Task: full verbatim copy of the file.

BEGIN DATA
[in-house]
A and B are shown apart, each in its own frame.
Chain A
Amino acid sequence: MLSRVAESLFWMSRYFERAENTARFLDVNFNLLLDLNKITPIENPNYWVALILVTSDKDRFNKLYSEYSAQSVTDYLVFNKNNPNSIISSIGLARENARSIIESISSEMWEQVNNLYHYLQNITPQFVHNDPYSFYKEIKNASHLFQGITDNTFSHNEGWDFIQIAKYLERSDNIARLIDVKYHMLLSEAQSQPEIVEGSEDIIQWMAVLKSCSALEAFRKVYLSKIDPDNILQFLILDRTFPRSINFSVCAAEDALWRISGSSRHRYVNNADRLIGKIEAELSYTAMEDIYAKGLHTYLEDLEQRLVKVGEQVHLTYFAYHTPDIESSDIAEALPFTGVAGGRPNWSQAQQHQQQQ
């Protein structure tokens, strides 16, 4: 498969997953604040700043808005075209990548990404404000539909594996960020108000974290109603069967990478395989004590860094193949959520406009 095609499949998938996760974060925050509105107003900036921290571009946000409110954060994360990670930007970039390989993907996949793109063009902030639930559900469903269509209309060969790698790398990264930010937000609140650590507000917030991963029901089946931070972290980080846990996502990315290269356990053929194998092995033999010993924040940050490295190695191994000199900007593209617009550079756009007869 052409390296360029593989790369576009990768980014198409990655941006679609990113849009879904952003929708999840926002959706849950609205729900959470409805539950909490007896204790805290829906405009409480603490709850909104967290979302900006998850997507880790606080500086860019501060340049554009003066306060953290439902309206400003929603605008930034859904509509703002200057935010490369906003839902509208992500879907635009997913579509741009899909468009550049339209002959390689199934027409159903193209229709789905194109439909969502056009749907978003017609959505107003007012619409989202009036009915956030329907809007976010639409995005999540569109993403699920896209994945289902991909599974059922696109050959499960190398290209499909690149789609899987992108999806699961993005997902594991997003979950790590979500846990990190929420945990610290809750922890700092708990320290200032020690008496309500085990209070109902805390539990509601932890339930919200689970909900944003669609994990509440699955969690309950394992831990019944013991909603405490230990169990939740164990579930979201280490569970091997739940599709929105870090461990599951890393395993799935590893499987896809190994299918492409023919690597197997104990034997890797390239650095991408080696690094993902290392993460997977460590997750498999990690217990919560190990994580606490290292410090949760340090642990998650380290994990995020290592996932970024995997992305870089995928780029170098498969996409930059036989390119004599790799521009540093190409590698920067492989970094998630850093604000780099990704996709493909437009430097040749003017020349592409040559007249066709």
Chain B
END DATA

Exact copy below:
[in-house]
A and B are shown apart, each in its own frame.
Chain A
Amino acid sequence: MLSRVAESLFWMSRYFERAENTARFLDVNFNLLLDLNKITPIENPNYWVALILVTSDKDRFNKLYSEYSAQSVTDYLVFNKNNPNSIISSIGLARENARSIIESISSEMWEQVNNLYHYLQNITPQFVHNDPYSFYKEIKNASHLFQGITDNTFSHNEGWDFIQIAKYLERSDNIARLIDVKYHMLLSEAQSQPEIVEGSEDIIQWMAVLKSCSALEAFRKVYLSKIDPDNILQFLILDRTFPRSINFSVCAAEDALWRISGSSRHRYVNNADRLIGKIEAELSYTAMEDIYAKGLHTYLEDLEQRLVKVGEQVHLTYFAYHTPDIESSDIAEALPFTGVAGGRPNWSQAQQHQQQQ
């Protein structure tokens, strides 16, 4: 498969997953604040700043808005075209990548990404404000539909594996960020108000974290109603069967990478395989004590860094193949959520406009 095609499949998938996760974060925050509105107003900036921290571009946000409110954060994360990670930007970039390989993907996949793109063009902030639930559900469903269509209309060969790698790398990264930010937000609140650590507000917030991963029901089946931070972290980080846990996502990315290269356990053929194998092995033999010993924040940050490295190695191994000199900007593209617009550079756009007869 052409390296360029593989790369576009990768980014198409990655941006679609990113849009879904952003929708999840926002959706849950609205729900959470409805539950909490007896204790805290829906405009409480603490709850909104967290979302900006998850997507880790606080500086860019501060340049554009003066306060953290439902309206400003929603605008930034859904509509703002200057935010490369906003839902509208992500879907635009997913579509741009899909468009550049339209002959390689199934027409159903193209229709789905194109439909969502056009749907978003017609959505107003007012619409989202009036009915956030329907809007976010639409995005999540569109993403699920896209994945289902991909599974059922696109050959499960190398290209499909690149789609899987992108999806699961993005997902594991997003979950790590979500846990990190929420945990610290809750922890700092708990320290200032020690008496309500085990209070109902805390539990509601932890339930919200689970909900944003669609994990509440699955969690309950394992831990019944013991909603405490230990169990939740164990579930979201280490569970091997739940599709929105870090461990599951890393395993799935590893499987896809190994299918492409023919690597197997104990034997890797390239650095991408080696690094993902290392993460997977460590997750498999990690217990919560190990994580606490290292410090949760340090642990998650380290994990995020290592996932970024995997992305870089995928780029170098498969996409930059036989390119004599790799521009540093190409590698920067492989970094998630850093604000780099990704996709493909437009430097040749003017020349592409040559007249066709």
Chain B